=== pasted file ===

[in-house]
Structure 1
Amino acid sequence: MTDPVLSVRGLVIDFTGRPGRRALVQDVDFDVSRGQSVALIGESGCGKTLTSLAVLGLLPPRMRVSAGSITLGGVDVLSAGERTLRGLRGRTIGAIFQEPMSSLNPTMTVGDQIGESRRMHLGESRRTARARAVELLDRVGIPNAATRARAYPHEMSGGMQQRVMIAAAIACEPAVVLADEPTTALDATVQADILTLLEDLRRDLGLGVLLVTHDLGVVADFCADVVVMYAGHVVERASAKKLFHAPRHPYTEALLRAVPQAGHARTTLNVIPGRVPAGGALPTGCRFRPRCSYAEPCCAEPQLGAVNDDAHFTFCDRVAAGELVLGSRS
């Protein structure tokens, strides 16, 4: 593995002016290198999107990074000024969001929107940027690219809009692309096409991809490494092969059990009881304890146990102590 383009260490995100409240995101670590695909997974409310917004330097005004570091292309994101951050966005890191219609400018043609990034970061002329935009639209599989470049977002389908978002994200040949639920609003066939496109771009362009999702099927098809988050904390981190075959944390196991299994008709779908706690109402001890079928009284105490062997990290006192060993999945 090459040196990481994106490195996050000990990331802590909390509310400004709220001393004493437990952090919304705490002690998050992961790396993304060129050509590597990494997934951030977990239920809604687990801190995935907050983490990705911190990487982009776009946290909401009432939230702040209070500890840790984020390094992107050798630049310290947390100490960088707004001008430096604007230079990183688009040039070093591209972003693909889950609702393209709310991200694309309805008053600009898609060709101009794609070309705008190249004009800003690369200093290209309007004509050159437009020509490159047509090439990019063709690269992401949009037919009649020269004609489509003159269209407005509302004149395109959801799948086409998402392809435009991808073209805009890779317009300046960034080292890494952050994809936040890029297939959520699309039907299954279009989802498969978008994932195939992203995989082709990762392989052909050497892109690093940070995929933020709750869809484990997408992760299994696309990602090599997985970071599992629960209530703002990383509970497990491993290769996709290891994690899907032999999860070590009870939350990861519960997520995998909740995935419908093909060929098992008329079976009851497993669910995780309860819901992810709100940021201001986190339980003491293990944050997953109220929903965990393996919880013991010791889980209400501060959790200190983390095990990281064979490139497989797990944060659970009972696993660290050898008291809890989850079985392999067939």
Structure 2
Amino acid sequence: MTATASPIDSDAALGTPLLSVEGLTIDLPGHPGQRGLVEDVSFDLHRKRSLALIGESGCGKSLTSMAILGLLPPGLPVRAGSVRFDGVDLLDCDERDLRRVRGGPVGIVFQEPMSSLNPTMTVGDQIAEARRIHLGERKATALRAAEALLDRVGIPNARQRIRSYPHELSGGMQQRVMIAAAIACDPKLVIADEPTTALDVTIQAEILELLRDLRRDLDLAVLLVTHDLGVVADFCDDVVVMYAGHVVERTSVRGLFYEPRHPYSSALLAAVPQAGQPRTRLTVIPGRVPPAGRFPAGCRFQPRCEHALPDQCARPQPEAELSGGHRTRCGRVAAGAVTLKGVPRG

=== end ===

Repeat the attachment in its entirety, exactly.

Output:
[in-house]
Structure 1
Amino acid sequence: MTDPVLSVRGLVIDFTGRPGRRALVQDVDFDVSRGQSVALIGESGCGKTLTSLAVLGLLPPRMRVSAGSITLGGVDVLSAGERTLRGLRGRTIGAIFQEPMSSLNPTMTVGDQIGESRRMHLGESRRTARARAVELLDRVGIPNAATRARAYPHEMSGGMQQRVMIAAAIACEPAVVLADEPTTALDATVQADILTLLEDLRRDLGLGVLLVTHDLGVVADFCADVVVMYAGHVVERASAKKLFHAPRHPYTEALLRAVPQAGHARTTLNVIPGRVPAGGALPTGCRFRPRCSYAEPCCAEPQLGAVNDDAHFTFCDRVAAGELVLGSRS
């Protein structure tokens, strides 16, 4: 593995002016290198999107990074000024969001929107940027690219809009692309096409991809490494092969059990009881304890146990102590 383009260490995100409240995101670590695909997974409310917004330097005004570091292309994101951050966005890191219609400018043609990034970061002329935009639209599989470049977002389908978002994200040949639920609003066939496109771009362009999702099927098809988050904390981190075959944390196991299994008709779908706690109402001890079928009284105490062997990290006192060993999945 090459040196990481994106490195996050000990990331802590909390509310400004709220001393004493437990952090919304705490002690998050992961790396993304060129050509590597990494997934951030977990239920809604687990801190995935907050983490990705911190990487982009776009946290909401009432939230702040209070500890840790984020390094992107050798630049310290947390100490960088707004001008430096604007230079990183688009040039070093591209972003693909889950609702393209709310991200694309309805008053600009898609060709101009794609070309705008190249004009800003690369200093290209309007004509050159437009020509490159047509090439990019063709690269992401949009037919009649020269004609489509003159269209407005509302004149395109959801799948086409998402392809435009991808073209805009890779317009300046960034080292890494952050994809936040890029297939959520699309039907299954279009989802498969978008994932195939992203995989082709990762392989052909050497892109690093940070995929933020709750869809484990997408992760299994696309990602090599997985970071599992629960209530703002990383509970497990491993290769996709290891994690899907032999999860070590009870939350990861519960997520995998909740995935419908093909060929098992008329079976009851497993669910995780309860819901992810709100940021201001986190339980003491293990944050997953109220929903965990393996919880013991010791889980209400501060959790200190983390095990990281064979490139497989797990944060659970009972696993660290050898008291809890989850079985392999067939």
Structure 2
Amino acid sequence: MTATASPIDSDAALGTPLLSVEGLTIDLPGHPGQRGLVEDVSFDLHRKRSLALIGESGCGKSLTSMAILGLLPPGLPVRAGSVRFDGVDLLDCDERDLRRVRGGPVGIVFQEPMSSLNPTMTVGDQIAEARRIHLGERKATALRAAEALLDRVGIPNARQRIRSYPHELSGGMQQRVMIAAAIACDPKLVIADEPTTALDVTIQAEILELLRDLRRDLDLAVLLVTHDLGVVADFCDDVVVMYAGHVVERTSVRGLFYEPRHPYSSALLAAVPQAGQPRTRLTVIPGRVPPAGRFPAGCRFQPRCEHALPDQCARPQPEAELSGGHRTRCGRVAAGAVTLKGVPRG